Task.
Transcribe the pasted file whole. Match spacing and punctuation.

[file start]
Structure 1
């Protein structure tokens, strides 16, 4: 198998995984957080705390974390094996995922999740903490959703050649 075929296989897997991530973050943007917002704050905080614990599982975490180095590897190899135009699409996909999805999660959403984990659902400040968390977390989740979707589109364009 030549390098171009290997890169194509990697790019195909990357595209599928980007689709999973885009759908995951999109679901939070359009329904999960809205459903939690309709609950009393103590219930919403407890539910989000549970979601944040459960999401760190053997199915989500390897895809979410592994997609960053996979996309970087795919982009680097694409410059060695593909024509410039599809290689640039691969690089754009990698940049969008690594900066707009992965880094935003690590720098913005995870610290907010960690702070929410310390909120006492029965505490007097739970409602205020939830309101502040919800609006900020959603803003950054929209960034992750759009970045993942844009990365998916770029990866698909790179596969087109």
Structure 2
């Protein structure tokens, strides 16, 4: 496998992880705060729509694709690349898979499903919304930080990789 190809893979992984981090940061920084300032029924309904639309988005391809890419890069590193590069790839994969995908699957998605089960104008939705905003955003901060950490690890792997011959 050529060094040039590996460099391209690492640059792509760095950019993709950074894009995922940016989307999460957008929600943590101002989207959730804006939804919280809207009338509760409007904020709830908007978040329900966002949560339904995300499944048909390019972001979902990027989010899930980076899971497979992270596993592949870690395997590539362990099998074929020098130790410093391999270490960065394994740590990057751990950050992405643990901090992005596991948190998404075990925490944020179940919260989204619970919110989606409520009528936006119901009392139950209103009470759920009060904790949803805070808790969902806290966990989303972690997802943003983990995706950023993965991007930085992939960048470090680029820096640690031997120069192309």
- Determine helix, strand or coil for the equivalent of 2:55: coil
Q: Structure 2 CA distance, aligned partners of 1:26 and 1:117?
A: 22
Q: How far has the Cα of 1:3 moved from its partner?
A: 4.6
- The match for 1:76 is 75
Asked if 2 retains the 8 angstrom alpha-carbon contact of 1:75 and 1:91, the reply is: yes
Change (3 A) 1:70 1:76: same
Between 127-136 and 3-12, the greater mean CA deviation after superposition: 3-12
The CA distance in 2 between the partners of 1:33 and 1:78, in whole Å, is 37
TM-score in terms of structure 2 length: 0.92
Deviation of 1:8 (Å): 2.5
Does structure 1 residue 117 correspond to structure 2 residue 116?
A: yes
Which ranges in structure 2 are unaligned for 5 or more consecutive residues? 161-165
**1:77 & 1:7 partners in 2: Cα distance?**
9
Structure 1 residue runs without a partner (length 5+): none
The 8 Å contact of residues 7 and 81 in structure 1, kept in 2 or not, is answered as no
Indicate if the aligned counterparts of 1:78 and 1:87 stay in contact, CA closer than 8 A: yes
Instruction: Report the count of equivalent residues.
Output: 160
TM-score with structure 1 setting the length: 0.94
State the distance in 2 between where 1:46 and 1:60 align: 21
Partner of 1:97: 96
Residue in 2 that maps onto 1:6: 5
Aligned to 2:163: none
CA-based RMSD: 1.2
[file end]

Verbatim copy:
Structure 1
């Protein structure tokens, strides 16, 4: 198998995984957080705390974390094996995922999740903490959703050649 075929296989897997991530973050943007917002704050905080614990599982975490180095590897190899135009699409996909999805999660959403984990659902400040968390977390989740979707589109364009 030549390098171009290997890169194509990697790019195909990357595209599928980007689709999973885009759908995951999109679901939070359009329904999960809205459903939690309709609950009393103590219930919403407890539910989000549970979601944040459960999401760190053997199915989500390897895809979410592994997609960053996979996309970087795919982009680097694409410059060695593909024509410039599809290689640039691969690089754009990698940049969008690594900066707009992965880094935003690590720098913005995870610290907010960690702070929410310390909120006492029965505490007097739970409602205020939830309101502040919800609006900020959603803003950054929209960034992750759009970045993942844009990365998916770029990866698909790179596969087109």
Structure 2
């Protein structure tokens, strides 16, 4: 496998992880705060729509694709690349898979499903919304930080990789 190809893979992984981090940061920084300032029924309904639309988005391809890419890069590193590069790839994969995908699957998605089960104008939705905003955003901060950490690890792997011959 050529060094040039590996460099391209690492640059792509760095950019993709950074894009995922940016989307999460957008929600943590101002989207959730804006939804919280809207009338509760409007904020709830908007978040329900966002949560339904995300499944048909390019972001979902990027989010899930980076899971497979992270596993592949870690395997590539362990099998074929020098130790410093391999270490960065394994740590990057751990950050992405643990901090992005596991948190998404075990925490944020179940919260989204619970919110989606409520009528936006119901009392139950209103009470759920009060904790949803805070808790969902806290966990989303972690997802943003983990995706950023993965991007930085992939960048470090680029820096640690031997120069192309």
- Determine helix, strand or coil for the equivalent of 2:55: coil
Q: Structure 2 CA distance, aligned partners of 1:26 and 1:117?
A: 22
Q: How far has the Cα of 1:3 moved from its partner?
A: 4.6
- The match for 1:76 is 75
Asked if 2 retains the 8 angstrom alpha-carbon contact of 1:75 and 1:91, the reply is: yes
Change (3 A) 1:70 1:76: same
Between 127-136 and 3-12, the greater mean CA deviation after superposition: 3-12
The CA distance in 2 between the partners of 1:33 and 1:78, in whole Å, is 37
TM-score in terms of structure 2 length: 0.92
Deviation of 1:8 (Å): 2.5
Does structure 1 residue 117 correspond to structure 2 residue 116?
A: yes
Which ranges in structure 2 are unaligned for 5 or more consecutive residues? 161-165
**1:77 & 1:7 partners in 2: Cα distance?**
9
Structure 1 residue runs without a partner (length 5+): none
The 8 Å contact of residues 7 and 81 in structure 1, kept in 2 or not, is answered as no
Indicate if the aligned counterparts of 1:78 and 1:87 stay in contact, CA closer than 8 A: yes
Instruction: Report the count of equivalent residues.
Output: 160
TM-score with structure 1 setting the length: 0.94
State the distance in 2 between where 1:46 and 1:60 align: 21
Partner of 1:97: 96
Residue in 2 that maps onto 1:6: 5
Aligned to 2:163: none
CA-based RMSD: 1.2